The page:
How important is shot to shot time? -- very, very important. This is the main reason I have considered a new camera before mine broke. My kids like to run from me

Are you going to shoot all the time in automatic? -- To begin, yes. As I learn the camera I'd like to expand my use.

What percentage of your photos will be indoors? -- 50%

Are you willing to use flash for indoor photos? -- Yes

Are you going to be making large (greater than 11" X 14") prints? -- Very doubtful, but I have in the past (B & W)

How often are you going to be taking sports photos? -- Not too often, but as my kids get older that will change

Are school plays, music recitals, and indoor e vents where flash might be out of the question, on your priority list? -- Not yet, but as my kids get older that will change

Do you just want to record an event, or are you desiring to learn more about photography? -- Yes and yes

[COLOR="Black"]Those are great questions. After answering them, I have just about decided that I need a cheap, quick, tough and compact P & S for work and a good DSLR for my personal use. I realize the Sony is not a compact P & S, but it still sounds like a great camera. Any suggestions for a tough and affordable pocket camera that can tackle all conditions?[/COLOR]
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Old Feb 15, 2010, 12:08 PM   #4
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The H20 is a great little camera, but will have limitations when it comes to real estate photos. In my judgement, the 38mm is to restrictive for shooting the interior of a house.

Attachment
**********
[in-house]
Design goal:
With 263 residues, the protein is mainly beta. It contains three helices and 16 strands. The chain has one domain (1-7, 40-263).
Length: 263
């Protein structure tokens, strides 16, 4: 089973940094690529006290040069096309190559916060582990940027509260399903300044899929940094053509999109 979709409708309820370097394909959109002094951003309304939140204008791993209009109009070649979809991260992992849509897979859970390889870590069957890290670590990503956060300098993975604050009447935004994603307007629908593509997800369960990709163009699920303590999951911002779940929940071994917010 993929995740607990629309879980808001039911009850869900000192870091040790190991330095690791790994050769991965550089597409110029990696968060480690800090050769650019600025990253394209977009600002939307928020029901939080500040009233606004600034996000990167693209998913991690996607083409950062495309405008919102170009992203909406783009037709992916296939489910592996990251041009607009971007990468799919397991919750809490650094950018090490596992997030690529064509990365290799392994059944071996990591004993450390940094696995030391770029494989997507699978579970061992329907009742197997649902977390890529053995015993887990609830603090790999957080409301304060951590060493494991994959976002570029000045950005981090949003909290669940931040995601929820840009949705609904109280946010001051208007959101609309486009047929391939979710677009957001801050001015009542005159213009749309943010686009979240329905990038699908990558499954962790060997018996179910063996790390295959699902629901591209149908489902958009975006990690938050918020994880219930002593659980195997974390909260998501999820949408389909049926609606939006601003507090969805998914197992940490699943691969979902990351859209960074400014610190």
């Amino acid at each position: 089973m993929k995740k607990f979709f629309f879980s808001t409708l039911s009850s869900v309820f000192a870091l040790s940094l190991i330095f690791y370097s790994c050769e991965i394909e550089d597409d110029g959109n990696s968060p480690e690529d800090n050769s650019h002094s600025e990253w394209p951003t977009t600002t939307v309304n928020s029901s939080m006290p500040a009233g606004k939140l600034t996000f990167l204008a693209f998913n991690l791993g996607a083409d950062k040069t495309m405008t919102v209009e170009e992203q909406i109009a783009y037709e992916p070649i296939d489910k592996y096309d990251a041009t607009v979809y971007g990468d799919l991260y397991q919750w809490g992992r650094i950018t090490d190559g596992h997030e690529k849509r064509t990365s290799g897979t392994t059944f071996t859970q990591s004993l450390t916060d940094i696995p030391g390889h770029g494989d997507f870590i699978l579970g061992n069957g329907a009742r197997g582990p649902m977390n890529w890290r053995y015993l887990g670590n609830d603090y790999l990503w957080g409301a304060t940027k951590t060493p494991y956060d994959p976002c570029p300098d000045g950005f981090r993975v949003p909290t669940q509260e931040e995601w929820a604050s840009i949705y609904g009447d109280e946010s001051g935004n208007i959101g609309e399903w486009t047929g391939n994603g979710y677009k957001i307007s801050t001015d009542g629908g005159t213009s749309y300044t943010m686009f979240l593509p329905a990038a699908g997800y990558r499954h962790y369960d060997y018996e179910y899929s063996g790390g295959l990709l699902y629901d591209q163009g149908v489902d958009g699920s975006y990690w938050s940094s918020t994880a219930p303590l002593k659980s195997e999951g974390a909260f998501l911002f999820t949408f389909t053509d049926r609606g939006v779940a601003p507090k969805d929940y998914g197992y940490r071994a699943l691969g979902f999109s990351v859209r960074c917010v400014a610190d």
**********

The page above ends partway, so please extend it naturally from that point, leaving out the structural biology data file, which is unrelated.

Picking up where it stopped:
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Old Feb 15, 2010, 12:12 PM   #5
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Quote:
Originally Posted by Ancientritual View Post
The H20 is a great little camera, but will have limitations when it comes to real estate photos. In my judgement, the 38mm is to restrictive for shooting the interior of a house.
i agree, you really need to go as wide as possible for interiors. thats means a dslr with a nice ultrawide, or a digicam with a wider angle lens.

if you are looking for a p&s for real estate. the panasonic LX3 has a 24mm lens and does reasonably well at high ISO's. it's zoom is limited, which may make it a problem for an all-around work/personal use camera. but it will tackle the real estate much better.
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Old Feb 15, 2010, 12:44 PM   #6
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If you are taking "real estate" photos, you need a wide angle, providing there is not to much distortion, and you need a reliable light source, be it a DSLR or a P+S camera. Otherwise, you will not make use of those photos.